Our plan responsibly unwinds Obamacare's Medicaid expansion. We freeze enrollment and allow natural turnover in the Medicaid program as beneficiaries see their life circumstances change. This strategy is both fiscally responsible and fair, ensuring we don't pull the rug out on anyone while also ending the Obamacare expansion that unfairly prioritizes able-bodied working adults over the most vulnerable.

Q: Are you pulling the rug out from under low income Americans by ending the Medicaid expansion?

A: To responsibly unwind expansion, our plan would freeze new enrollment in Obamacare's Medicaid expansion and grandfather existing enrollees. Under the expansion freeze, individuals currently enrolled in Obamacare's Medicaid expansion would remain enrolled in the program if they otherwise remain eligible, and expansion states would continue to receive the enhanced match under current law ONLY for existing beneficiaries. Over time, as the individuals see changes to their income or eligibility, they will naturally cycle off the program. To protect against padding the rolls, the AHCA says that states can no longer enroll individuals onto to Medicaid at the enhanced match. States could continue to enroll Americans on Medicaid at their lower, traditional match rate.

This freeze policy would prevent disruption for Medicaid beneficiaries, but also transition individuals to purchasing private coverage in an improved commercial market with the support of a refundable tax credit and through innovative programs established in their state and funded by the AHCA's Patient and State Stability Fund.

Q: Will Republican health care proposals cause premiums to spike for Americans across the country?

A: Obamacare has caused premiums to skyrocket across the nation, up about 25 percent on average this year. Ask a middle-class American what's has happened to their premiums and their deductibles. Enormous increases have left many families paying for insurance that they cannot afford to use.

The Obama administration has effectively locked in more expensive plans for both this year and next year, sneaking in the 2018 coverage mandates three days before President Trump took office. Obamacare is in a death spiral and it will take some time to pull out of it.

The AHCA will lower premiums over time by an average of 10% - and potentially more as further reforms are made and new and innovative ideas implemented that aim to lower premiums.

Q: Does repealing Obamacare increase out-of-pocket costs for American families?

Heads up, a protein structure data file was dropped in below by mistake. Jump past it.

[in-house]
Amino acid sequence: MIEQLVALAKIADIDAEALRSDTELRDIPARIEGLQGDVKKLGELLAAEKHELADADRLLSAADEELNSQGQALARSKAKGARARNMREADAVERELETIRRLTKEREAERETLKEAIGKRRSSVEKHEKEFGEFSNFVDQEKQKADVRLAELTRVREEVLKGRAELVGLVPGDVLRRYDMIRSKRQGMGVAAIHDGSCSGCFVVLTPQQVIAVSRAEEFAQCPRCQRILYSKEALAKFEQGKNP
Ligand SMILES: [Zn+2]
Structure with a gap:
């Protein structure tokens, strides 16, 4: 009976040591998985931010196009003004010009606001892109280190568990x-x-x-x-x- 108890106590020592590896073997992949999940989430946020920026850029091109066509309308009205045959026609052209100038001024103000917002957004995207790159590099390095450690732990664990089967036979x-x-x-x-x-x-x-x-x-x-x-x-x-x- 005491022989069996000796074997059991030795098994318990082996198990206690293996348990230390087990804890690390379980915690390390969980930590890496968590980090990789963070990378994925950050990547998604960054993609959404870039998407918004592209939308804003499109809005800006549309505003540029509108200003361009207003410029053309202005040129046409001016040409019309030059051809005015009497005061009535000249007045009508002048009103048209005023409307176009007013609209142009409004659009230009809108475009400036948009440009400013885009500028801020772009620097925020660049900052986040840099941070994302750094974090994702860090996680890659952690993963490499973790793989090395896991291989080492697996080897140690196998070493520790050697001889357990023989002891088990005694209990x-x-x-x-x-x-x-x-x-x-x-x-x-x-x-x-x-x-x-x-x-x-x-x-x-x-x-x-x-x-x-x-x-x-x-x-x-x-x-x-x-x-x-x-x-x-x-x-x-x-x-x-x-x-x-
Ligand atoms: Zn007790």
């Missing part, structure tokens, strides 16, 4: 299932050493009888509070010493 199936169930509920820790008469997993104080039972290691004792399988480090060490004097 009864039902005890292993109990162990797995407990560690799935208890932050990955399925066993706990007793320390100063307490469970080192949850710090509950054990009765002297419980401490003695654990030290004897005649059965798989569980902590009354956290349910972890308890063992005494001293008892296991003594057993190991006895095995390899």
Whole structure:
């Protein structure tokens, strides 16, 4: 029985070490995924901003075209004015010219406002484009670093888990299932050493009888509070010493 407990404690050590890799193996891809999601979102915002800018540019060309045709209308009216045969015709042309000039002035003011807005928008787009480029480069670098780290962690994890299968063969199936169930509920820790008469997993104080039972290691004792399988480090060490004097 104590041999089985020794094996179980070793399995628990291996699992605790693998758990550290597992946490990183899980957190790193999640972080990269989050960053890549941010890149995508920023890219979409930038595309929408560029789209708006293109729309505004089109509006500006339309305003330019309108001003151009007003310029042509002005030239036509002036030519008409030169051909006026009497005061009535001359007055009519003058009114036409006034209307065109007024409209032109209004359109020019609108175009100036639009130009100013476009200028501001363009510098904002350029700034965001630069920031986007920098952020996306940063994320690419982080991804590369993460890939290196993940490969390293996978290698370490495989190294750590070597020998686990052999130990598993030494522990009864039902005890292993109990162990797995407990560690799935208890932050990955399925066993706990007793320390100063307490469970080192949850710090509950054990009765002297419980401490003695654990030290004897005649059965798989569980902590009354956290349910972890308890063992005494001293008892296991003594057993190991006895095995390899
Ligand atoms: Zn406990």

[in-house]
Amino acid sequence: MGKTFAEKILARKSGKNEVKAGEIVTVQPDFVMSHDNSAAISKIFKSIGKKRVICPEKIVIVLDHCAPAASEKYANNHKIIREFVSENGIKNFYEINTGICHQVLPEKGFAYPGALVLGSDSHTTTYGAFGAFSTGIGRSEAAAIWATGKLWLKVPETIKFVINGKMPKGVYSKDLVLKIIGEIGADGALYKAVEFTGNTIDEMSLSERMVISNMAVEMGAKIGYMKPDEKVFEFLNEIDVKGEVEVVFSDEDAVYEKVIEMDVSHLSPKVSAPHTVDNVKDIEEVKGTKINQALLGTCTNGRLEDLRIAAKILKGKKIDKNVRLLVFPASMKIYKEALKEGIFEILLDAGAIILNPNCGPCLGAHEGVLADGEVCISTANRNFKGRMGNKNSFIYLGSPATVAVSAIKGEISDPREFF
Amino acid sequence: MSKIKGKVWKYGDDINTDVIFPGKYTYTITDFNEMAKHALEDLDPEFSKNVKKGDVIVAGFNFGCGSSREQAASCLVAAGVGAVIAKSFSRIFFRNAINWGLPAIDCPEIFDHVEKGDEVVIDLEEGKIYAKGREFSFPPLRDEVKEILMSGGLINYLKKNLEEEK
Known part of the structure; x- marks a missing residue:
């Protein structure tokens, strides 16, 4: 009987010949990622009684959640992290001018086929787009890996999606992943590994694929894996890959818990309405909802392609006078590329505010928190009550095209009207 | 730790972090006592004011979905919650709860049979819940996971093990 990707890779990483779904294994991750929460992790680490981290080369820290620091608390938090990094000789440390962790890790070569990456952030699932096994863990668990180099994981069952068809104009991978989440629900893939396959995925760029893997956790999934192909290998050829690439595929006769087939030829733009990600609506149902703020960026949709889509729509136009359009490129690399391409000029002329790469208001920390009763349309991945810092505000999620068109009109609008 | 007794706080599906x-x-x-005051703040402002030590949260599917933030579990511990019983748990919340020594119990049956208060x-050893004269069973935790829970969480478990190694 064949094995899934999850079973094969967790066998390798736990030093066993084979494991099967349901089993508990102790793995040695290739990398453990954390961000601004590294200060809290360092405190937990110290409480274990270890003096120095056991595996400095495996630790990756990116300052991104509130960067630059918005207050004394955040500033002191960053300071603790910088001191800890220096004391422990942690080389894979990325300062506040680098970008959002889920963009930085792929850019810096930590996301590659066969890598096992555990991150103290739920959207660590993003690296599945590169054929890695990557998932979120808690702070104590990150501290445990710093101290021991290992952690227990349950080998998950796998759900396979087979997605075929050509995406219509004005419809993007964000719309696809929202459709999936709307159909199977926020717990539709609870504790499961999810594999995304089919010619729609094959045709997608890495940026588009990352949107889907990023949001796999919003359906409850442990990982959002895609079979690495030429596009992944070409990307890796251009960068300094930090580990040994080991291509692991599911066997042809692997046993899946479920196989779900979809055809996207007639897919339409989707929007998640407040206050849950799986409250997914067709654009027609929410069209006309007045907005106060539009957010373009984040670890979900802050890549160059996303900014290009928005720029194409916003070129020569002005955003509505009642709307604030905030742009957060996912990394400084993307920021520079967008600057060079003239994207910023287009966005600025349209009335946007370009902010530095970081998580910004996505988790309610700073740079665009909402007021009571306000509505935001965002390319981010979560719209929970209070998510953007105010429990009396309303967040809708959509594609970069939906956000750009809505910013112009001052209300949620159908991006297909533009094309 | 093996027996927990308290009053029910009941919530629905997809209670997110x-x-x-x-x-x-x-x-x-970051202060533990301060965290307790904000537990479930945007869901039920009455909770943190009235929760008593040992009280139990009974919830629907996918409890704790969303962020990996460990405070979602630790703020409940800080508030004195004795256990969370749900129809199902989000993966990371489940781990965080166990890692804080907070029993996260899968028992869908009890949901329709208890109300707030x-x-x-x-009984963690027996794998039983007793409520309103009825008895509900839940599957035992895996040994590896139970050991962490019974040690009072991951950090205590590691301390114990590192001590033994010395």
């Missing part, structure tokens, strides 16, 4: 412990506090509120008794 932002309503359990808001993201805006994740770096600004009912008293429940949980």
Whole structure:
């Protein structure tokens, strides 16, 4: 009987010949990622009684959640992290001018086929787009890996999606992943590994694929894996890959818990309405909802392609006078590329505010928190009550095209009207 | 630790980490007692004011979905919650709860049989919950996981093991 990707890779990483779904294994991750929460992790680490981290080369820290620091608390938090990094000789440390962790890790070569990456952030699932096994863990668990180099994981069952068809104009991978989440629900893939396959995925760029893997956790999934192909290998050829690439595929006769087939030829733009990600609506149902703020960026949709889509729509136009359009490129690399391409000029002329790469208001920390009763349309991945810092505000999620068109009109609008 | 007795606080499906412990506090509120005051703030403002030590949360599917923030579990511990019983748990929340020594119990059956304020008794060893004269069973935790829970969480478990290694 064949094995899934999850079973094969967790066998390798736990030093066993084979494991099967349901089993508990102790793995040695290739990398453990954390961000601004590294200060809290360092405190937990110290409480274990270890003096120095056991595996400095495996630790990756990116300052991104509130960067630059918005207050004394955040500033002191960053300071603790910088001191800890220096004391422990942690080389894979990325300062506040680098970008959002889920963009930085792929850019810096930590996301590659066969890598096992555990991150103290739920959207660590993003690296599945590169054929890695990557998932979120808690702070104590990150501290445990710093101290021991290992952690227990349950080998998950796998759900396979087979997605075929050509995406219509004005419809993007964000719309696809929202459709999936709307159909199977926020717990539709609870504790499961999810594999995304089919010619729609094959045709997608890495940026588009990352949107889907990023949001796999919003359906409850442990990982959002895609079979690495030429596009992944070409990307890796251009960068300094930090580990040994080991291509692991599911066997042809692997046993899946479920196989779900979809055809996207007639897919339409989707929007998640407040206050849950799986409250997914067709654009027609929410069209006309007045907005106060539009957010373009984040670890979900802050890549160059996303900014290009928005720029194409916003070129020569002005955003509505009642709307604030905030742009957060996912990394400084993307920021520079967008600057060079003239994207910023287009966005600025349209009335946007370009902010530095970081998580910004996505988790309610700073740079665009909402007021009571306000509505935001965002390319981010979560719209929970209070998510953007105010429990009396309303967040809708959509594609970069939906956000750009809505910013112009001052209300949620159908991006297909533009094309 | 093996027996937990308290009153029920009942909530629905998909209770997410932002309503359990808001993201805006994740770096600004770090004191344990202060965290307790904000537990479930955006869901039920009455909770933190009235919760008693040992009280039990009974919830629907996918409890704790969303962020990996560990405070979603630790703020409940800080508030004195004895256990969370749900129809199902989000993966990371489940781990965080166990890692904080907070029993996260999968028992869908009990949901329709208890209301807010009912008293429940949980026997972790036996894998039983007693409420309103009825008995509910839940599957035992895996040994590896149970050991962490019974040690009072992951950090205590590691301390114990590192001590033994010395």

A: Under Obamacare, patient out-of-pocket costs have continued to skyrocket - not only for those on the exchanges, but also for all patients. Obamacare failed to fulfill its own promises to cover every American and reduce health care spending by $2,500 a family, and sick patients are the innocent victims of this lie. Our country was built on the idea of individual liberty and freedom. Being forced to buy a product with government-dictated benefits at a demanded cost conflicts with the very fabric of our country's values. This is why our health care solutions start with what is best for health care consumers. We put patients and their providers back in charge and will force insurance companies to compete for your business.

Q: Will repealing Obamacare cause chaos in the health care markets?

A: Obamacare has been the definition of chaos from the very beginning. Hard-working American families have fewer choices than ever before, and costs continue to skyrocket as insurers flee the failing Obamacare marketplaces. Five entire states will have only one insurer – Alabama, Alaska, Oklahoma, South Carolina, and Wyoming. Even worse, one third of U.S. counties have only one insurer this year. Only five of the 23 CO-OPs remain in business, wasting billions in hard-earned taxpayer dollars. Obamacare has failed and the middle-class people are stuck paying higher costs. We are here to clean up the mess and rebuild our health care system a Better Way.

Q: Does repealing Obamacare mean people will lose access to preventive health care?

A: Republicans fully support innovation in health care and preventative services that help people maintain healthy lifestyles. This is why we believe that keeping health insurance is just as important as getting health insurance. Today, Obamacare penalizes patients for not having health insurance. But this penalty does not prevent patients from getting sick. Our plan incentivizes and rewards patients for keeping health insurance. To be sure – even if a patient is dealing with a serious medical issue, they will never be charged more than standard rates as long as they maintain coverage.

Q: Will Americans with a mental health condition be turned away from treatment and lose the newly gained care and support they count on?